Using “cheat days”

First up, I want to give a shout out to Angela for creating a lighter, healthier, and delicious mac n’ cheese dish. I tried it out last night and it was pretty good. Next time, I think I would add a few more seasonings though. As good as it was, I think it was still missing something. I did add a little sage to the sauce, which combined so well with the butternut squash. Sage and butternut squash are sort of like that annoyingly, happy couple. Don’t separate them or things could get ugly.
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I do recommend you try out this recipe though to curb your mac and cheese cravings. Or you could just go all in and go for this one because it will make you want to do a happy dance 😉

My original mac and cheese dish would be a great meal for your “cheat meal” or “cheat day” if you use one. Which brings me to the topic of the day…(funny how that happened)

To incorporate a cheat day or not into your diet

There are definitely mixed opinions on whether a cheat day is necessary or not. Some say that if you are trying to be pretty strict and eat a very clean diet in order to lose weight, then devoting one day per week is essential. The theory is that when you are being pretty strict with your calorie intake, your body goes into famine mode. When you incorporate a day with excess calories and carbohydrates, it actually gives your system a shock and revs up your metabolism, which results in more weight loss.

Another benefit to a “cheat day” is the ability to stay on track with your healthy eating goals during the rest of the week. If you continuously restrict yourself of certain foods, it’s just a matter of time before you fling yourself off the proverbial wagon and dive headfirst into a bowl of pasta, covered in ice cream. However, knowing that you have one day per week where you can allow yourself to enjoy all of your favorite foods may help you keep your will power for the remainder six days of the week.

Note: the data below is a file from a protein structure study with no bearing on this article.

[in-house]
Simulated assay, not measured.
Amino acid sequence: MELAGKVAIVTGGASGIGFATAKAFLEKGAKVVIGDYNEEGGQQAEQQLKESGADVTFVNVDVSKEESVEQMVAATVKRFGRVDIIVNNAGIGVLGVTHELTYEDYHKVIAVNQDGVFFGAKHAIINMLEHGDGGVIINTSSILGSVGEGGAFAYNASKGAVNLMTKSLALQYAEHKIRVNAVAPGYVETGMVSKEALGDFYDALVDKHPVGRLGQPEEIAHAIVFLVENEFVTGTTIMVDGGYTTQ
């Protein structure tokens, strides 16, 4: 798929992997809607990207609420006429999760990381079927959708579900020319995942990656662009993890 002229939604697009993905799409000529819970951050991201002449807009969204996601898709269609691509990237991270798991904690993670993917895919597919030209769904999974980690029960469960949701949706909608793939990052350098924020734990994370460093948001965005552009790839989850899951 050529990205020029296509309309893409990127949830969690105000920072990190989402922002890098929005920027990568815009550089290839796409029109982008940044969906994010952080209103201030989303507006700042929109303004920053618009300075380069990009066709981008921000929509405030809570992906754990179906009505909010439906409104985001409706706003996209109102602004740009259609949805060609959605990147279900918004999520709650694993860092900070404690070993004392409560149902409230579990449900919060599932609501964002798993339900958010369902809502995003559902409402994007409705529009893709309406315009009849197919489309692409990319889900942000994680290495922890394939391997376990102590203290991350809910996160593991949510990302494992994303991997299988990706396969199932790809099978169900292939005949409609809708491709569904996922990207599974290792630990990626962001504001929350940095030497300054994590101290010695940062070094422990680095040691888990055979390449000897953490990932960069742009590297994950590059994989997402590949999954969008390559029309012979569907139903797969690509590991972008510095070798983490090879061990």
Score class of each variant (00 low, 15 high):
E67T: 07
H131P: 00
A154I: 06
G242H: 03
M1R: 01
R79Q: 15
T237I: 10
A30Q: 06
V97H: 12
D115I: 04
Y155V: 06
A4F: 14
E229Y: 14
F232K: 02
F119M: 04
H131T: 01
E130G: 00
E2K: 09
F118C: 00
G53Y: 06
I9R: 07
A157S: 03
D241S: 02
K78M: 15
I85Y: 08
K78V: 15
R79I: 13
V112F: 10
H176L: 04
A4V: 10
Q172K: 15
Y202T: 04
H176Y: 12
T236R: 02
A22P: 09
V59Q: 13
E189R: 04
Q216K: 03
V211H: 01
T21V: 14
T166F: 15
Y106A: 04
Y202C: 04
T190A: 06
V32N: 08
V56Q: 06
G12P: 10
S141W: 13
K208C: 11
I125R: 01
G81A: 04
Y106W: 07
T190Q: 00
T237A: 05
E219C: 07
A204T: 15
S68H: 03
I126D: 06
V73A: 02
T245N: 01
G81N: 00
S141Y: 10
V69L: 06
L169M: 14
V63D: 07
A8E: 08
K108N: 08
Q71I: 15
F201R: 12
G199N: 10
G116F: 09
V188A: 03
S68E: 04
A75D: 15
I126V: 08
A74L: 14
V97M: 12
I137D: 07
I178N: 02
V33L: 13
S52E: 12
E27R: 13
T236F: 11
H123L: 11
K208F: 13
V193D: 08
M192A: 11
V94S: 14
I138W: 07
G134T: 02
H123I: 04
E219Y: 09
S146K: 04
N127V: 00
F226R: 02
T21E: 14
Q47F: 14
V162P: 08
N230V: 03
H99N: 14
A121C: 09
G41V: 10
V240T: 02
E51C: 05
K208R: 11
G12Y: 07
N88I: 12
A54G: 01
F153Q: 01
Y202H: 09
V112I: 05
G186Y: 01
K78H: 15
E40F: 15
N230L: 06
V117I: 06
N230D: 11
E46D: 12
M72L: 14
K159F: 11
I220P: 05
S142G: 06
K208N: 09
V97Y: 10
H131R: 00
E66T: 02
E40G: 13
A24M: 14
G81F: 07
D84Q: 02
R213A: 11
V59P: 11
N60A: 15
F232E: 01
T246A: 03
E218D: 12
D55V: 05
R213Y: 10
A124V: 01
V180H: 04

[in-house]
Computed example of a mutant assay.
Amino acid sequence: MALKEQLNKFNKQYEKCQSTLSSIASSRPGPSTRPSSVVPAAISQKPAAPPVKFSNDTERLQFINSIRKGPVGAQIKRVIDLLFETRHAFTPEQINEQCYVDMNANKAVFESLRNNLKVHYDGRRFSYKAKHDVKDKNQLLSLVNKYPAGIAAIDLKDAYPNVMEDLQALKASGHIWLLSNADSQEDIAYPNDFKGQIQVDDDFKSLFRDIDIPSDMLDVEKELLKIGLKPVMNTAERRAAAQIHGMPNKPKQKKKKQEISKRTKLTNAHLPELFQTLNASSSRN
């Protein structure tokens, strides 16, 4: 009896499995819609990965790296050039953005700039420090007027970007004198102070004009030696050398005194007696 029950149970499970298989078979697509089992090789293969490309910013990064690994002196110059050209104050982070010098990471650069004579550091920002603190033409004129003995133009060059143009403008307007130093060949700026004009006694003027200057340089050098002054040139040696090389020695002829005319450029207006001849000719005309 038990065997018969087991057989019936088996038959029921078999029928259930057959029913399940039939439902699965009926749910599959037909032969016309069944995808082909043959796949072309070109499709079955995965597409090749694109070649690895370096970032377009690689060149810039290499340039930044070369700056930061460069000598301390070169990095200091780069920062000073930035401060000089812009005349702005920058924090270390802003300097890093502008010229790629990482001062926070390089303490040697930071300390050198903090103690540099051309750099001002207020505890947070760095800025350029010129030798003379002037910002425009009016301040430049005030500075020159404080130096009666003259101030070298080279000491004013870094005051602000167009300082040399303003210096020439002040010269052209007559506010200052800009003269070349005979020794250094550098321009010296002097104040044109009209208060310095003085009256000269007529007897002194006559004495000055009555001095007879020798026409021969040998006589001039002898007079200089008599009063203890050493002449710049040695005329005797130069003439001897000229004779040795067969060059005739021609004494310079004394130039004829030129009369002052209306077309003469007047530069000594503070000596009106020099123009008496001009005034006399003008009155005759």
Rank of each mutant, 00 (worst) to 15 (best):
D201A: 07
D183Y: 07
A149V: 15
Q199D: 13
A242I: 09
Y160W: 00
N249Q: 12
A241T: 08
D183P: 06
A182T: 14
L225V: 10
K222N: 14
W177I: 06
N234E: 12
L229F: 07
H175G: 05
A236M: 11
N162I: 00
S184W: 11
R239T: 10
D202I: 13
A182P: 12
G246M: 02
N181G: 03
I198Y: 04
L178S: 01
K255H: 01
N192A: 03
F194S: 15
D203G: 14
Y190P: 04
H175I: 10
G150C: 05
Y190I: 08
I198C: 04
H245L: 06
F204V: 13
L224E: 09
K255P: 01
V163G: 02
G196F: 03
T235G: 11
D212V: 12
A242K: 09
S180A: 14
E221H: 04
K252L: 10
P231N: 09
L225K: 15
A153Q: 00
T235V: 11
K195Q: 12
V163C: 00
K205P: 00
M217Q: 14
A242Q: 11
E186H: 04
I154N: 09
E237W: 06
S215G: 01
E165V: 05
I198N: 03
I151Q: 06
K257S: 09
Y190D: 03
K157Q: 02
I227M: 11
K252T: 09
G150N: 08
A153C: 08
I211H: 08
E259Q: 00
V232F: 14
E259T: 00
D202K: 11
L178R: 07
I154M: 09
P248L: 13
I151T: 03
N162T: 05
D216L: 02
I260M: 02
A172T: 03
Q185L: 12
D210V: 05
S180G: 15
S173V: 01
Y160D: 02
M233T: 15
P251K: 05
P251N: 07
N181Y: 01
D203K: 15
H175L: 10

The downside to be aware of:
Know yourself, your will power, and the effect that food has on you. Cheat days can be useful, however, they can also lead to a slippery slope. If you find that you begin to fantasize and obsess over food and about your cheat day, then this cycle may be unhealthy for you to follow. Also, for some people, giving into a cheat day could result in a decreased will power to stop eating those “cheat” foods once that day is over. This could, in turn, lead to overeating and an increase in eating junk food in the subsequent days. So know your triggers.

I don’t necessarily plan a cheat day, but it generally ends up happening. Most weekends I generally consume more calories and unhealthy foods than I do during the week. However, I also tend to have a small treat pretty much on a daily basis. I don’t like restriction and as soon as I tell myself I can’t have a certain food, I want it even more. So most days I just strive for balance and allow a day for a little more lenience on my splurges.

What are your thoughts? Do you use cheat days? Do they work for you?

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